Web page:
Hawai‘i lawmakers recently created an
incentive program that gives producers of ethanol and their
investors to up to $2 in tax credit. This is very attractive
to many mainland companies, four of which are planning to move
here because of the credits. Not only is this an opportunity
for local investors, but in Hawai‘i, ethanol will be
produced from sugar cane, which could give a boost to a dying
industry, as well as create jobs.
Another economic plus of ethanol is that all sales of ethanol-blended
gasoline will be exempt from sales tax until December 2006. This
means that consumers, too will benefit from the tax breaks and
credits in the form of lower prices at the pump.
Ethanol is also known as ethyl alcohol, grain alcohol, or just
alcohol. It is the ingredient in beer, wine, spirits, and—as
another article in this issue informs us, AWOL—an alcohol
aerosol. Ethanol has been made since ancient times. Ethanol,
today, is used a lot by the medical and manufacturing industries,
and plays a big part in everyone’s lives; it can be found
in varnishes, perfumes, paints, explosives, medicines, and disinfectants.
Did I mention that you also drink ethanol in most liquor? Hangovers,
alcohol poisoning, and drunken driving are all due to too much
Ethanol’s best purpose, when it comes to the environment,
is as an alternative fuel source. It can stand alone as a fuel,
but most ethanol you find at the pump—or will find—is
a 10 percent mixture with gasoline. However, E85, or 85 percent
ethanol fuel, and 95 percent ethanol fuel may be readily available
in Hawai‘i once the industry is up and running. There should
be no worry about using higher concentrations of ethanol in your
cars as well (although some models may need certain modifications).
Most automobile manufacturers, including Ford, Chrysler, and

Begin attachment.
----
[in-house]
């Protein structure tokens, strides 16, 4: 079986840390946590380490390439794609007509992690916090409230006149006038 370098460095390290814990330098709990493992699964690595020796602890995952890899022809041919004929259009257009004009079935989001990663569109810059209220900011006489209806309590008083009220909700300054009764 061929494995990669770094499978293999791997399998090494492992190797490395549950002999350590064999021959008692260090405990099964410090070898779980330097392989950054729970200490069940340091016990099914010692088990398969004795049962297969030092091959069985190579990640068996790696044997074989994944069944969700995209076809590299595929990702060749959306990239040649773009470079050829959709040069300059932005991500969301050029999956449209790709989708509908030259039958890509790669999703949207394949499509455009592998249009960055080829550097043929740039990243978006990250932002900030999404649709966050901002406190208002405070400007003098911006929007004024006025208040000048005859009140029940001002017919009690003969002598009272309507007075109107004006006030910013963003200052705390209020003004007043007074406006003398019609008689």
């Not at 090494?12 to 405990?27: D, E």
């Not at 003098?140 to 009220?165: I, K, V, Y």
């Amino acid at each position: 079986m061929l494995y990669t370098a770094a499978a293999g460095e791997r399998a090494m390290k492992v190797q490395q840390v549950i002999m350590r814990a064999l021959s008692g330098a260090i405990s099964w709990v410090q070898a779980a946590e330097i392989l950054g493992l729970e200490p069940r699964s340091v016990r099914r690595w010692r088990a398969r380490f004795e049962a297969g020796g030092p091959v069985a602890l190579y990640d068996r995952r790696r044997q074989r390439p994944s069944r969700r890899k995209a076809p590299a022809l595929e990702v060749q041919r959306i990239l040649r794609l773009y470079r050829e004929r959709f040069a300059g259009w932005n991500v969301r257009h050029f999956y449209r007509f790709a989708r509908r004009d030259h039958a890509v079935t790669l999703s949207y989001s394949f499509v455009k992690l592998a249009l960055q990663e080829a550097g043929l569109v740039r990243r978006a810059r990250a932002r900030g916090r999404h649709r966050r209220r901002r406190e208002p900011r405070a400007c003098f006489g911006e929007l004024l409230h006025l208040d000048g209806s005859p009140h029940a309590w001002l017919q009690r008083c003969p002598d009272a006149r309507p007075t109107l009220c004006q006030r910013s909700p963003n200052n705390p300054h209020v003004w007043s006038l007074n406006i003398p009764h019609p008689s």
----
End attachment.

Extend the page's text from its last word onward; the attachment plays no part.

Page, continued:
General Motors, approve ethanol blends, and in fact, the Model
T was designed to run on pure ethanol. Ethanol also burns at
a lower temperature than gasoline—reducing the burning
of engine valves—and will remove contaminants and residues
from previous gasoline use.
Ethanol is also a renewable fuel source, important in these
days of depleting fossil fuel supplies. And since it isn’t a
fossil fuel, burning it does not release greenhouse gases or
deplete the ozone layer. Using ethanol as a gasoline will also
reduce emissions released by most fossil fuels, such as carbon
dioxide, sulfur dioxide, cancer-causing benzene and butadiene,
ground-level ozone, nitrogen oxide, and carbon monoxide. Also,
since it is made from plants, ethanol is quickly biodegradable.
In water, it breaks down into nontoxic compounds, preventing
it from contaminating water supplies. This means fewer oppurtunities
massive oil spills and environmental disasters.
The best thing about ethanol is it can be produced locally,
using whatever biomass is available. So, if you can’t wait to
stop harming the environment with expensive gasoline, one Web
site, Journey to Forever, tells you how to make it in your backyard.
Of course, you will need a still, and a “small fuel producer” permit
from the U.S. Bureau of Alcohol, Tobacco, and Firearms. (Then
you could benefit from the tax credits too!)
For more information on ethanol (or to find out how to produce
your own) visit www.journeytoforever.org. For more information
about ethanol in Hawai‘i, visit www.cleanfuelshawaii.org.